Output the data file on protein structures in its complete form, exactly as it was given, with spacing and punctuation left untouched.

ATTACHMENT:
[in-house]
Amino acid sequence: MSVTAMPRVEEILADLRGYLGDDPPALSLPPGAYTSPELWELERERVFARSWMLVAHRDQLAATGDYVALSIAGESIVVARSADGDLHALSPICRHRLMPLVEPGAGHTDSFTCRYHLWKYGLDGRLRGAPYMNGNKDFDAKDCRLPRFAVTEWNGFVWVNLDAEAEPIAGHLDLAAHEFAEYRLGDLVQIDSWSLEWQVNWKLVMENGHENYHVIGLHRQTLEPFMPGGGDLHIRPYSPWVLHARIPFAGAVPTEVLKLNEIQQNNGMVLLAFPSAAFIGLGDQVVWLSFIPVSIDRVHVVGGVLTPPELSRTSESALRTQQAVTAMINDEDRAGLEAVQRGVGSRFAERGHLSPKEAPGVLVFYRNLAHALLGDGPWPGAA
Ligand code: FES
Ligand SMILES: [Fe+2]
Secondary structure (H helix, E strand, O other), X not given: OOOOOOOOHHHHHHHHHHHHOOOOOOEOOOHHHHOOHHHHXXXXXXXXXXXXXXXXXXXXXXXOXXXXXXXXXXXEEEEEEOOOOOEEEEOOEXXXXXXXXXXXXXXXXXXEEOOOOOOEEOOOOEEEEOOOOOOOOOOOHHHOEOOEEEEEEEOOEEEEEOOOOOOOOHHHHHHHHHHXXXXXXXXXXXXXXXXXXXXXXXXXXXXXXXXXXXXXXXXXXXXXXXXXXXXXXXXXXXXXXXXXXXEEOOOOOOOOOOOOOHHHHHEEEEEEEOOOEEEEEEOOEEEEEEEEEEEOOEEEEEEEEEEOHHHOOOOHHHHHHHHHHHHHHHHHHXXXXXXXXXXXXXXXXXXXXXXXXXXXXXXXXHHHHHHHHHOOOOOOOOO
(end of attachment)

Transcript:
[in-house]
Amino acid sequence: MSVTAMPRVEEILADLRGYLGDDPPALSLPPGAYTSPELWELERERVFARSWMLVAHRDQLAATGDYVALSIAGESIVVARSADGDLHALSPICRHRLMPLVEPGAGHTDSFTCRYHLWKYGLDGRLRGAPYMNGNKDFDAKDCRLPRFAVTEWNGFVWVNLDAEAEPIAGHLDLAAHEFAEYRLGDLVQIDSWSLEWQVNWKLVMENGHENYHVIGLHRQTLEPFMPGGGDLHIRPYSPWVLHARIPFAGAVPTEVLKLNEIQQNNGMVLLAFPSAAFIGLGDQVVWLSFIPVSIDRVHVVGGVLTPPELSRTSESALRTQQAVTAMINDEDRAGLEAVQRGVGSRFAERGHLSPKEAPGVLVFYRNLAHALLGDGPWPGAA
Ligand code: FES
Ligand SMILES: [Fe+2]
Secondary structure (H helix, E strand, O other), X not given: OOOOOOOOHHHHHHHHHHHHOOOOOOEOOOHHHHOOHHHHXXXXXXXXXXXXXXXXXXXXXXXOXXXXXXXXXXXEEEEEEOOOOOEEEEOOEXXXXXXXXXXXXXXXXXXEEOOOOOOEEOOOOEEEEOOOOOOOOOOOHHHOEOOEEEEEEEOOEEEEEOOOOOOOOHHHHHHHHHHXXXXXXXXXXXXXXXXXXXXXXXXXXXXXXXXXXXXXXXXXXXXXXXXXXXXXXXXXXXXXXXXXXXEEOOOOOOOOOOOOOHHHHHEEEEEEEOOOEEEEEEOOEEEEEEEEEEEOOEEEEEEEEEEOHHHOOOOHHHHHHHHHHHHHHHHHHXXXXXXXXXXXXXXXXXXXXXXXXXXXXXXXXHHHHHHHHHOOOOOOOOO